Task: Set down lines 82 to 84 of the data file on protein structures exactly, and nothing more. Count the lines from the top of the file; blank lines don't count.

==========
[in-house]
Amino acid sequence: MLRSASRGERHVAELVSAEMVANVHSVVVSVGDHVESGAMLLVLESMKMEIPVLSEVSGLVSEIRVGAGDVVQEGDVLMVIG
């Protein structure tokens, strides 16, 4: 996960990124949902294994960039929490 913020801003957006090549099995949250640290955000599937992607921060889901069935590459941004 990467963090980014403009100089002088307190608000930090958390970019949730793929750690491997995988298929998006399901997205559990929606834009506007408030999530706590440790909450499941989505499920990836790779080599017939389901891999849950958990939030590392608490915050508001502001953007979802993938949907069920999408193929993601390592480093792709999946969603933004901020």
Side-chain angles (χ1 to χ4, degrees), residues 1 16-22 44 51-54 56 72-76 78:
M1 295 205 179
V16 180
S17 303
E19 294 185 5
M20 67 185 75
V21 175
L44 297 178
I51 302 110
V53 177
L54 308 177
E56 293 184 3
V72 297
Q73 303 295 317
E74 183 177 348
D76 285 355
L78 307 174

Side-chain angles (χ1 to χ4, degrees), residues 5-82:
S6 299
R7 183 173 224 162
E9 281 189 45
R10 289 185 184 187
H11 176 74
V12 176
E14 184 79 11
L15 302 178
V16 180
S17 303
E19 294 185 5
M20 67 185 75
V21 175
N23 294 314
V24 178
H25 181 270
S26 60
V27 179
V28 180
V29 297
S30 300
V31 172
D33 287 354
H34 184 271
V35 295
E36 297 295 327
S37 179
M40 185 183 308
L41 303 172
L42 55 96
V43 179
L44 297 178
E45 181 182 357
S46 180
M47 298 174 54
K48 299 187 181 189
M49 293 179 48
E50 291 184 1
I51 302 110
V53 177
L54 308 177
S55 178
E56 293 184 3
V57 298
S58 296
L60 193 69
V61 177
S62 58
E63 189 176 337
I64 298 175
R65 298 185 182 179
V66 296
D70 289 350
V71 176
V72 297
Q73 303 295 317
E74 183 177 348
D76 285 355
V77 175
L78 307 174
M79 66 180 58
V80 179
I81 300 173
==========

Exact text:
M79 66 180 58
V80 179
I81 300 173